What assessment has the Minister made of the potential effect on UK defined-benefit pension schemes of the European Union proposal to review the institutions for occupational retirement directive and align it with the solvency II directive? Is not that just a further EU assault on the hard-pressed UK occupational pension sector, and the last thing we need? Will the Minister stand firm against that?
We are gravely concerned about these proposals. The UK Government does not accept the need for new solvency arrangements for defined-benefit schemes based on solvency II, which would have potentially serious effects for UK defined-benefit pension schemes. We are especially concerned about any proposals that would increase costs for employers at a time when we are looking to keep costs down, or that might affect the vital role pension funds play as investors in the UK. We will oppose these proposals.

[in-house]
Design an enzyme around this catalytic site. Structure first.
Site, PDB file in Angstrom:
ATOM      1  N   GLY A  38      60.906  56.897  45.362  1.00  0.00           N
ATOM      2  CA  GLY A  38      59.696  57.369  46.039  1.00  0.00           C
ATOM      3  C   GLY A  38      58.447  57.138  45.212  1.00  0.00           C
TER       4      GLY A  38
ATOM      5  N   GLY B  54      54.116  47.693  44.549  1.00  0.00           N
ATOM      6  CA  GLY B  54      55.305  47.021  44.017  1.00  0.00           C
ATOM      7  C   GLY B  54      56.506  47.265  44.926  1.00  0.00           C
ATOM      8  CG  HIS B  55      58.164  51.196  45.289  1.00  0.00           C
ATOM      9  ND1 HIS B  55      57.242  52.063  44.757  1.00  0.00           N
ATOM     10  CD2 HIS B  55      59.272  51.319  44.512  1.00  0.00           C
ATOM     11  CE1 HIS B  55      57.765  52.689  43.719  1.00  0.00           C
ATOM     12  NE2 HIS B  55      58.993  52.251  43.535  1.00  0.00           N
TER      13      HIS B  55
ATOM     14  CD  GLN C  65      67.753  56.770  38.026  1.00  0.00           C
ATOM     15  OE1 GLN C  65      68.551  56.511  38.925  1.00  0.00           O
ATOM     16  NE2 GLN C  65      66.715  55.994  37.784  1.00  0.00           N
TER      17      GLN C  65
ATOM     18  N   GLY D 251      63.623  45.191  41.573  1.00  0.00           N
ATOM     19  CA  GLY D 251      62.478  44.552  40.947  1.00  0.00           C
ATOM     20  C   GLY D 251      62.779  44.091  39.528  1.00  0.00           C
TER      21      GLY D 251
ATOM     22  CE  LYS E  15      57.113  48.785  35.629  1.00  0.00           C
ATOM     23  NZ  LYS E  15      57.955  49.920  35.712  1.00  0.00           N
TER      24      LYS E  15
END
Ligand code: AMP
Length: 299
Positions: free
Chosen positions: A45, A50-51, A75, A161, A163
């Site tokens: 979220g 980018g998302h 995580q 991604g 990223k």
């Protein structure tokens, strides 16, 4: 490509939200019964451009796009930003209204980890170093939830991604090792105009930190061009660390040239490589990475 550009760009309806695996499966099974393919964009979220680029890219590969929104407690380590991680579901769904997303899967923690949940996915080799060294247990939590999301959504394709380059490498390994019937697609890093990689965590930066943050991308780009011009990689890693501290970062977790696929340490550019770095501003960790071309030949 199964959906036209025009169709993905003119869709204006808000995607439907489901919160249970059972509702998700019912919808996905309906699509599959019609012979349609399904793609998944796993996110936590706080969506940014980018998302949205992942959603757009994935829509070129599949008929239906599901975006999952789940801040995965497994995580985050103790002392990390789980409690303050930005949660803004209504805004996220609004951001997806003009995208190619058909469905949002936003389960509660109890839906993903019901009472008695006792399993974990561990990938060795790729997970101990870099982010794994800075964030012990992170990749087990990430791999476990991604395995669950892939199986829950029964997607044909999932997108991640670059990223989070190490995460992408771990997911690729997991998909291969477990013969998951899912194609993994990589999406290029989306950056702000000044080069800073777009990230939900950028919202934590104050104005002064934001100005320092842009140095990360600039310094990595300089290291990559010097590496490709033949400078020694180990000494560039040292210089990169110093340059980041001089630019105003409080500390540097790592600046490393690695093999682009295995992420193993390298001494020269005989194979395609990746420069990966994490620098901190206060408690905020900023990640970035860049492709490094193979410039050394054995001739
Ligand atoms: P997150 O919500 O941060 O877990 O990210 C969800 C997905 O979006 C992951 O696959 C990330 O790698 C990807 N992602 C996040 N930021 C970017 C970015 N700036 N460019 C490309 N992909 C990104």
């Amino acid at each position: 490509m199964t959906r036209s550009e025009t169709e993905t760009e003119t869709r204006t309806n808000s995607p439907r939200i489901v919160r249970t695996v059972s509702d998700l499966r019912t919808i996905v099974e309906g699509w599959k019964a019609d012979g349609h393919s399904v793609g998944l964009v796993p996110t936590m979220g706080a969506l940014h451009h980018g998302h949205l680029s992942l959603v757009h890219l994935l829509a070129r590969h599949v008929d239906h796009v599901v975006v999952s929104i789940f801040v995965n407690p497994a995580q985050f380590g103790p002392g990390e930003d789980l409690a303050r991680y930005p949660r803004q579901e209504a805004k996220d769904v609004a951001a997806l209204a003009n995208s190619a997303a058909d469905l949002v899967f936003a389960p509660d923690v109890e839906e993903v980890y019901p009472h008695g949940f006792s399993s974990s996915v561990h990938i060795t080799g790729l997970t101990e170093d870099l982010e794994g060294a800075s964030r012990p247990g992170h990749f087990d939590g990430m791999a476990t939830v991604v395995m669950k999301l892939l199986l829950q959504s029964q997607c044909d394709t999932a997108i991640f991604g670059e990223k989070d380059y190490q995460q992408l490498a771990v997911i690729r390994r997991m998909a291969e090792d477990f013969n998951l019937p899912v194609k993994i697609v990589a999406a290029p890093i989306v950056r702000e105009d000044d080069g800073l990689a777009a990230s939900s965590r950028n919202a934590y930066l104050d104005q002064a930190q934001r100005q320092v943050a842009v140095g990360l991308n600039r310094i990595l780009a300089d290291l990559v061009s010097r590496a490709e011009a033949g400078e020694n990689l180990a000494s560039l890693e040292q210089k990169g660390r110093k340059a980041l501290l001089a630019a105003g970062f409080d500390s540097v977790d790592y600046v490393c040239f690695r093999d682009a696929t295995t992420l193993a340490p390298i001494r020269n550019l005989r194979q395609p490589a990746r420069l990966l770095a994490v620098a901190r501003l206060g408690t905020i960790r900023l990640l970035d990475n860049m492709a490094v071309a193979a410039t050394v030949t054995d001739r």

Has the Minister revised his previous estimate that by 2012 25,000 single parents will be in work when their income support ends when their youngest child is five years old? Does he not accept that unemployment in my area, Hull, is at a record high, thanks to his Government’s policies?
I am always astonished by the Opposition’s defeatist idea that trying to get single parents back into work to support their children is somehow a bad thing. The reality is that the hon. Gentleman’s Government left this country bust, and without any money to do any of the things that he wants to do. They keep spending the same money again and again in their proposals. It is time that they grew up and got on with the real opposition that we expect.